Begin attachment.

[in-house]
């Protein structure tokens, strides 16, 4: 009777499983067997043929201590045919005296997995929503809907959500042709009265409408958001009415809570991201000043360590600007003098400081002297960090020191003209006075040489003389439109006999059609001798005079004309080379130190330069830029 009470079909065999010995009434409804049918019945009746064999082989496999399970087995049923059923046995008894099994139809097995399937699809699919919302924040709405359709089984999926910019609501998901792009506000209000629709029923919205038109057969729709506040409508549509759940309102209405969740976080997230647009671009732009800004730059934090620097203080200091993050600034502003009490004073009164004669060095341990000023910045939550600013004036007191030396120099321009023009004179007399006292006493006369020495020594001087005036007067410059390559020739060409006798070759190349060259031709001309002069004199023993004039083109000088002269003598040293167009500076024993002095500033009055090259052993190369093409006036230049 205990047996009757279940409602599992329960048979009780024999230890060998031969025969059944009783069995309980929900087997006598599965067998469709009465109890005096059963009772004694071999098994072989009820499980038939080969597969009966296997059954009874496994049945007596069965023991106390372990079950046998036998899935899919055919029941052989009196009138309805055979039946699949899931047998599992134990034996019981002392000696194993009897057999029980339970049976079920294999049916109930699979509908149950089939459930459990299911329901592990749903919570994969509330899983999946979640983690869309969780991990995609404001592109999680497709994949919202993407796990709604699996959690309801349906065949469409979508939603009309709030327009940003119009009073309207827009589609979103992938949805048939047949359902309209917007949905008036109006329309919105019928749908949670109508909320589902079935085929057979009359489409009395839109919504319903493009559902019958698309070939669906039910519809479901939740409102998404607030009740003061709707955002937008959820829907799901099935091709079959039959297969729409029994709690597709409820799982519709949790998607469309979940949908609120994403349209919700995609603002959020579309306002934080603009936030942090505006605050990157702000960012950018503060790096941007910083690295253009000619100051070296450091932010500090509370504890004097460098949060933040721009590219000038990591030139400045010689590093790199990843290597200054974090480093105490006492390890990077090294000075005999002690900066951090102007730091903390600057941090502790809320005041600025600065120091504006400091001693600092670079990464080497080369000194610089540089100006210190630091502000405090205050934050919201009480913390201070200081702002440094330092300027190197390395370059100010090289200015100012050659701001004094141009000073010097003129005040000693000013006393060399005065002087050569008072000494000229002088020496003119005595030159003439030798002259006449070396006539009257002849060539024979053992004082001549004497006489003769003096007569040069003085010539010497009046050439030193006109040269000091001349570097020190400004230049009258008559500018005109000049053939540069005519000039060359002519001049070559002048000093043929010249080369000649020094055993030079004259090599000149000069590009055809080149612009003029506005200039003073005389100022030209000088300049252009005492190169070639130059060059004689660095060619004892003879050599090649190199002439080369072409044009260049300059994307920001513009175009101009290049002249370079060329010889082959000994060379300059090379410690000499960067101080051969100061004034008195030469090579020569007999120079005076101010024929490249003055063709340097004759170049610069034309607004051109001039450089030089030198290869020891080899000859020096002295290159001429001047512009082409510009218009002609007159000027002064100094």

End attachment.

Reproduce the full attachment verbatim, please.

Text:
[in-house]
């Protein structure tokens, strides 16, 4: 009777499983067997043929201590045919005296997995929503809907959500042709009265409408958001009415809570991201000043360590600007003098400081002297960090020191003209006075040489003389439109006999059609001798005079004309080379130190330069830029 009470079909065999010995009434409804049918019945009746064999082989496999399970087995049923059923046995008894099994139809097995399937699809699919919302924040709405359709089984999926910019609501998901792009506000209000629709029923919205038109057969729709506040409508549509759940309102209405969740976080997230647009671009732009800004730059934090620097203080200091993050600034502003009490004073009164004669060095341990000023910045939550600013004036007191030396120099321009023009004179007399006292006493006369020495020594001087005036007067410059390559020739060409006798070759190349060259031709001309002069004199023993004039083109000088002269003598040293167009500076024993002095500033009055090259052993190369093409006036230049 205990047996009757279940409602599992329960048979009780024999230890060998031969025969059944009783069995309980929900087997006598599965067998469709009465109890005096059963009772004694071999098994072989009820499980038939080969597969009966296997059954009874496994049945007596069965023991106390372990079950046998036998899935899919055919029941052989009196009138309805055979039946699949899931047998599992134990034996019981002392000696194993009897057999029980339970049976079920294999049916109930699979509908149950089939459930459990299911329901592990749903919570994969509330899983999946979640983690869309969780991990995609404001592109999680497709994949919202993407796990709604699996959690309801349906065949469409979508939603009309709030327009940003119009009073309207827009589609979103992938949805048939047949359902309209917007949905008036109006329309919105019928749908949670109508909320589902079935085929057979009359489409009395839109919504319903493009559902019958698309070939669906039910519809479901939740409102998404607030009740003061709707955002937008959820829907799901099935091709079959039959297969729409029994709690597709409820799982519709949790998607469309979940949908609120994403349209919700995609603002959020579309306002934080603009936030942090505006605050990157702000960012950018503060790096941007910083690295253009000619100051070296450091932010500090509370504890004097460098949060933040721009590219000038990591030139400045010689590093790199990843290597200054974090480093105490006492390890990077090294000075005999002690900066951090102007730091903390600057941090502790809320005041600025600065120091504006400091001693600092670079990464080497080369000194610089540089100006210190630091502000405090205050934050919201009480913390201070200081702002440094330092300027190197390395370059100010090289200015100012050659701001004094141009000073010097003129005040000693000013006393060399005065002087050569008072000494000229002088020496003119005595030159003439030798002259006449070396006539009257002849060539024979053992004082001549004497006489003769003096007569040069003085010539010497009046050439030193006109040269000091001349570097020190400004230049009258008559500018005109000049053939540069005519000039060359002519001049070559002048000093043929010249080369000649020094055993030079004259090599000149000069590009055809080149612009003029506005200039003073005389100022030209000088300049252009005492190169070639130059060059004689660095060619004892003879050599090649190199002439080369072409044009260049300059994307920001513009175009101009290049002249370079060329010889082959000994060379300059090379410690000499960067101080051969100061004034008195030469090579020569007999120079005076101010024929490249003055063709340097004759170049610069034309607004051109001039450089030089030198290869020891080899000859020096002295290159001429001047512009082409510009218009002609007159000027002064100094």